Floor price ain't good maths

Topics TRAI  | Vodafone Idea | Reliance Jio

Nobody quite knows why Vodafone group chief executive Nick Read wants to meet Telecom Minister Ravi Shankar Prasad later this week. Read — earlier the chief financial officer at the UK-headquartered telco — is a numbers man with a degree in accounting and finance and hence his meeting with the minister at this critical juncture is expected to be about the maths of doing business in India. It could also be about the maths of leaving India.


Vodafone Idea, the joint venture operation in India, has already made multiple representations to the government with a wish list so that its business can be sustainable. Besides asking for a moratorium and long-term staggered payment of dues linked to adjusted gross revenue (AGR), the financially-stressed company wants the minimum tariff for mobile data to be fixed at Rs 35 per GB, almost eight times of the going rate now, and voice calls at 6 paise per minute from April 1. It’s possible that Read may pursue the point about setting a floor price in his meeting with Prasad as Vodafone has calculated its business viability based on that premise. But, however tempting it may be for India to retain a multinational like Vodafone for the sake of international business confidence, the government should say no to the request for a tariff floor.


The ball is in fact in the court of the Telecom Regulatory Authority of India (Trai) to take a call on tariff, which currently is under forbearance, letting the market to decide prices. Trai chairman R S Sharma, who has six months to go before his term expires, had a thing or two to say recently about fixing tariffs after Vodafone as well as the Cellular Operators’ Association of India (which has Bharti Airtel and Reliance Jio as members apart from Voda Idea) made a pitch for a floor price. Trai, which had in December floated a consultation paper on the subject, would not expedite the process for any reason whatsoever, Sharma has indicated. He also said that telecom operators can themselves fix a floor price if they feel an urgent need for it. That makes sense. Going forward too, the regulator must not upset the industry dynamics by fixing a minimum tariff either for calls or data, even if that means helping the disruptor —Reliance Jio — and turning down Vodafone’s as well as Airtel’s distress call. Here’s why.


Incumbent telcos (Airtel, Voda Idea) want to contain Jio’s continuous deep discounting through a floor price for the industry, so that they’re able to raise tariffs without the fear of losing customers to competition. However, that may only offer a short-term gain to the debt-laden industry, while taking the spirit of ‘fair competition’ away from the telecom sector. True, the competition has not been fair along the way and the regulator hasn’t helped much to get the equilibrium back. But setting a floor price is not the sign of a promising economy and we should not fall for it. After all, tariff forbearance, in place for 16 years, has mostly served us well despite Indian telecom rates being among the lowest.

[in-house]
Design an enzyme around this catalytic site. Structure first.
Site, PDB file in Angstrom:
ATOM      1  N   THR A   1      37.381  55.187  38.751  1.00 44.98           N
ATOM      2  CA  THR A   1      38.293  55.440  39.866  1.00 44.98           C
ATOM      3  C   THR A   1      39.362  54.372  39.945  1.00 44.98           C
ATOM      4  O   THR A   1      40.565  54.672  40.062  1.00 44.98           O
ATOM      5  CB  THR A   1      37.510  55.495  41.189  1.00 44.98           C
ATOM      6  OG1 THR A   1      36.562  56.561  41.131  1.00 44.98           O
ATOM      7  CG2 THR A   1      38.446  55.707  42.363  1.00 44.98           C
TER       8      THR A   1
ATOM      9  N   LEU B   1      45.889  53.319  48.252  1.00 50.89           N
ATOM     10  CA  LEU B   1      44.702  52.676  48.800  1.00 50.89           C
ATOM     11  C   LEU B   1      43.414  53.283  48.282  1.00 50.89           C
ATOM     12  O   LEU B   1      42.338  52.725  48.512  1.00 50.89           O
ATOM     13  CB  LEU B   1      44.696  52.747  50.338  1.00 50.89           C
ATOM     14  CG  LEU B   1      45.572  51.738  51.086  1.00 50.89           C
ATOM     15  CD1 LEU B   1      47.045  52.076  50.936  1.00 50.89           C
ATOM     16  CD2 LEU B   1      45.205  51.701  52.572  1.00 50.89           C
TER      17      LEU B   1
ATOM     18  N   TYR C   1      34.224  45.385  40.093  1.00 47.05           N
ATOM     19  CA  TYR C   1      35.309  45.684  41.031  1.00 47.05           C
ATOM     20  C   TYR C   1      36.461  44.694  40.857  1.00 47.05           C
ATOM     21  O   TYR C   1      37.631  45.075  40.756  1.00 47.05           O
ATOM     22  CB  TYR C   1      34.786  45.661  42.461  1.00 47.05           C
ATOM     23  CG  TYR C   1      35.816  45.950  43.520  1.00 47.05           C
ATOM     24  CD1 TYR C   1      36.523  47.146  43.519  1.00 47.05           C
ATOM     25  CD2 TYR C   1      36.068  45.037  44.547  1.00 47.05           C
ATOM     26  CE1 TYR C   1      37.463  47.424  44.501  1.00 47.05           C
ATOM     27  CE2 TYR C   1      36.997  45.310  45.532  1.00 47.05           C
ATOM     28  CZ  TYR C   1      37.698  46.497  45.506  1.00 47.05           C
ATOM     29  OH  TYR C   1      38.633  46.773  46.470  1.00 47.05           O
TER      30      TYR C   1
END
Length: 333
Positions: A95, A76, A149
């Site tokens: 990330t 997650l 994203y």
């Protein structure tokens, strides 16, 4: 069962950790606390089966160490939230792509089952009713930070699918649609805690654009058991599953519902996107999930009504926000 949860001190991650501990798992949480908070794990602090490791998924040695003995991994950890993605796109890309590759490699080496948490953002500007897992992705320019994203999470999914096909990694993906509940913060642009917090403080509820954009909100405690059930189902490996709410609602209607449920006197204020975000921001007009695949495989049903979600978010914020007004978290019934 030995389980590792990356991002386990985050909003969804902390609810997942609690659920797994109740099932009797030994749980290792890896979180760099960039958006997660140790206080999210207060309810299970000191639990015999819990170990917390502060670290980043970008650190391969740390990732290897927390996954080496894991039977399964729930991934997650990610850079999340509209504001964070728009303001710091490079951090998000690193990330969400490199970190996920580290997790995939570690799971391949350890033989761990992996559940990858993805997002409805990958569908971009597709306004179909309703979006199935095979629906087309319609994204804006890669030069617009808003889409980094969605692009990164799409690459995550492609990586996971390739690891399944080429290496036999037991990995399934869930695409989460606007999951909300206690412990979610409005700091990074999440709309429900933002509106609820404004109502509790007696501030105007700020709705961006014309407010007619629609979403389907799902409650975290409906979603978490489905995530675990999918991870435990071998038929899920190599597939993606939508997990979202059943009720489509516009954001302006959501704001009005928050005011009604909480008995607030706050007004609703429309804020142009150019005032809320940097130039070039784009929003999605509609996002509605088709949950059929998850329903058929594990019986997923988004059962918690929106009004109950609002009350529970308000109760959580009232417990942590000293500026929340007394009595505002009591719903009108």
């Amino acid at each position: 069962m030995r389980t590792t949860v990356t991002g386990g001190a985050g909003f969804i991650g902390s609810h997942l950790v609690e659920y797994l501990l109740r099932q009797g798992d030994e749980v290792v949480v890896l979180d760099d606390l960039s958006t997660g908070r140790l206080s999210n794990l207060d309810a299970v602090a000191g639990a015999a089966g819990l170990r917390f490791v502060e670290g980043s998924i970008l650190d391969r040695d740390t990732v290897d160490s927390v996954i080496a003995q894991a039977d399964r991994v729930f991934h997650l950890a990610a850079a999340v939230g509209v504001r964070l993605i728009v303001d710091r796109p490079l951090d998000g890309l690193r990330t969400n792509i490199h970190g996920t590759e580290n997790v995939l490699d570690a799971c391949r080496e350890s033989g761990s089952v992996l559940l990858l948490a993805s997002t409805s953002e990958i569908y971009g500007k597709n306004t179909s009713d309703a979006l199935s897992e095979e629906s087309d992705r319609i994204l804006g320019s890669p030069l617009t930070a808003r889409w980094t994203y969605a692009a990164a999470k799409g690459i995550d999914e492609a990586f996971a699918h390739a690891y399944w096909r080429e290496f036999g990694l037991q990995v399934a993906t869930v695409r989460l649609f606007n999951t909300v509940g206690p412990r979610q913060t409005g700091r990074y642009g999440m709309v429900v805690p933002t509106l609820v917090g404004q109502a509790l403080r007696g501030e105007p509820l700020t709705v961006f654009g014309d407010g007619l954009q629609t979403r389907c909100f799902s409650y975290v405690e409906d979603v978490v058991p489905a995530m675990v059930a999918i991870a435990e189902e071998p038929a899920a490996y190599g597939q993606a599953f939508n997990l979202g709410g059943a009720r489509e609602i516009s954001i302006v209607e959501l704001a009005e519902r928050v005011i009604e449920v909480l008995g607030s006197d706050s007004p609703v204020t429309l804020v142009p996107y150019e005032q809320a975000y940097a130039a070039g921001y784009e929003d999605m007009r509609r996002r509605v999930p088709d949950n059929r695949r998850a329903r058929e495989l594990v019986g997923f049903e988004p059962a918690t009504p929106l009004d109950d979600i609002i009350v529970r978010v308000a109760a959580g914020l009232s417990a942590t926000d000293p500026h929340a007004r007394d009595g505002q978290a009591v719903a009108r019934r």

Currently, except for the ceiling tariffs for national roaming, fixed rural telephony, international private-leased circuits, domestic-leased circuits and mobile number portability charges, all other telecommunication services are under forbearance.


Consultation on fixing tariffs is not new. Trai has had it in 2012 and 2017. In 2012, after the consultation process, Trai concluded that the policy of forbearance should continue as it was based on economic rationale appropriate for the prevailing situation. Also, it was in sync with international best practices. The policy was reviewed in 2017 following demands of floor price to prevent predatory pricing and again a majority of the operators agreed it was a complex exercise.


Now that the issue is hot once again, the stakeholders should go back to the basics. First, it’s a complicated process as the Trai’s latest consultation paper points out. Second, it’s usually avoided by regulators in developed countries as it is considered anti-competitive and anti-consumer. Third, it can delay the adoption of new technologies. Finally, it not only makes the telecom services more expensive, but it can have a cascading effect on the other sectors of the economy.


Among the countries to have introduced floor price at some point or the other are Turkey, Zimbabwe, Nigeria, Bangladesh and Sri Lanka. It will be poor maths for India to follow these countries on tariff floor, even if Read is able to argue his case well in the minister’s office.


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